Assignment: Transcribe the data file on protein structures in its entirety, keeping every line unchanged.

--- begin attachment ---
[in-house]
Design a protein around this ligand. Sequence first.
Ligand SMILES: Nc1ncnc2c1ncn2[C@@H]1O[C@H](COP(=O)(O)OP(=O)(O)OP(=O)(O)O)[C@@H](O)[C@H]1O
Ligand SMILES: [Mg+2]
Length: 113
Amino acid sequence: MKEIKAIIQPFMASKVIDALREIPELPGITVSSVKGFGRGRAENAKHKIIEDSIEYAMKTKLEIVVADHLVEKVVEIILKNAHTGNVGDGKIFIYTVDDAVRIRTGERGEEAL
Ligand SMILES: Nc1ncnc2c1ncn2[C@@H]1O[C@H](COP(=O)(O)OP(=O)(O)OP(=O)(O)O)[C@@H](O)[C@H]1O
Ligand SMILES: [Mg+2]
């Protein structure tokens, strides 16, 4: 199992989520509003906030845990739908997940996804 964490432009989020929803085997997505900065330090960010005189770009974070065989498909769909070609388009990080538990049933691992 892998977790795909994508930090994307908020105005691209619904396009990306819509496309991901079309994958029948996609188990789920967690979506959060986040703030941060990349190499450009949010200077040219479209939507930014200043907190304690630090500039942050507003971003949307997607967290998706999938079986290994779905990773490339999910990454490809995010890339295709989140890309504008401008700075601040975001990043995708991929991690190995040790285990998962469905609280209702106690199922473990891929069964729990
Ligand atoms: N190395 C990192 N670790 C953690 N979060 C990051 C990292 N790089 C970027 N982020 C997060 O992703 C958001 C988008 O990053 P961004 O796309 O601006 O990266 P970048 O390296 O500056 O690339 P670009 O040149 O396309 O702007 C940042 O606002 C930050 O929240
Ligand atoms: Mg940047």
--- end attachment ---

[in-house]
Design a protein around this ligand. Sequence first.
Ligand SMILES: Nc1ncnc2c1ncn2[C@@H]1O[C@H](COP(=O)(O)OP(=O)(O)OP(=O)(O)O)[C@@H](O)[C@H]1O
Ligand SMILES: [Mg+2]
Length: 113
Amino acid sequence: MKEIKAIIQPFMASKVIDALREIPELPGITVSSVKGFGRGRAENAKHKIIEDSIEYAMKTKLEIVVADHLVEKVVEIILKNAHTGNVGDGKIFIYTVDDAVRIRTGERGEEAL
Ligand SMILES: Nc1ncnc2c1ncn2[C@@H]1O[C@H](COP(=O)(O)OP(=O)(O)OP(=O)(O)O)[C@@H](O)[C@H]1O
Ligand SMILES: [Mg+2]
């Protein structure tokens, strides 16, 4: 199992989520509003906030845990739908997940996804 964490432009989020929803085997997505900065330090960010005189770009974070065989498909769909070609388009990080538990049933691992 892998977790795909994508930090994307908020105005691209619904396009990306819509496309991901079309994958029948996609188990789920967690979506959060986040703030941060990349190499450009949010200077040219479209939507930014200043907190304690630090500039942050507003971003949307997607967290998706999938079986290994779905990773490339999910990454490809995010890339295709989140890309504008401008700075601040975001990043995708991929991690190995040790285990998962469905609280209702106690199922473990891929069964729990
Ligand atoms: N190395 C990192 N670790 C953690 N979060 C990051 C990292 N790089 C970027 N982020 C997060 O992703 C958001 C988008 O990053 P961004 O796309 O601006 O990266 P970048 O390296 O500056 O690339 P670009 O040149 O396309 O702007 C940042 O606002 C930050 O929240
Ligand atoms: Mg940047």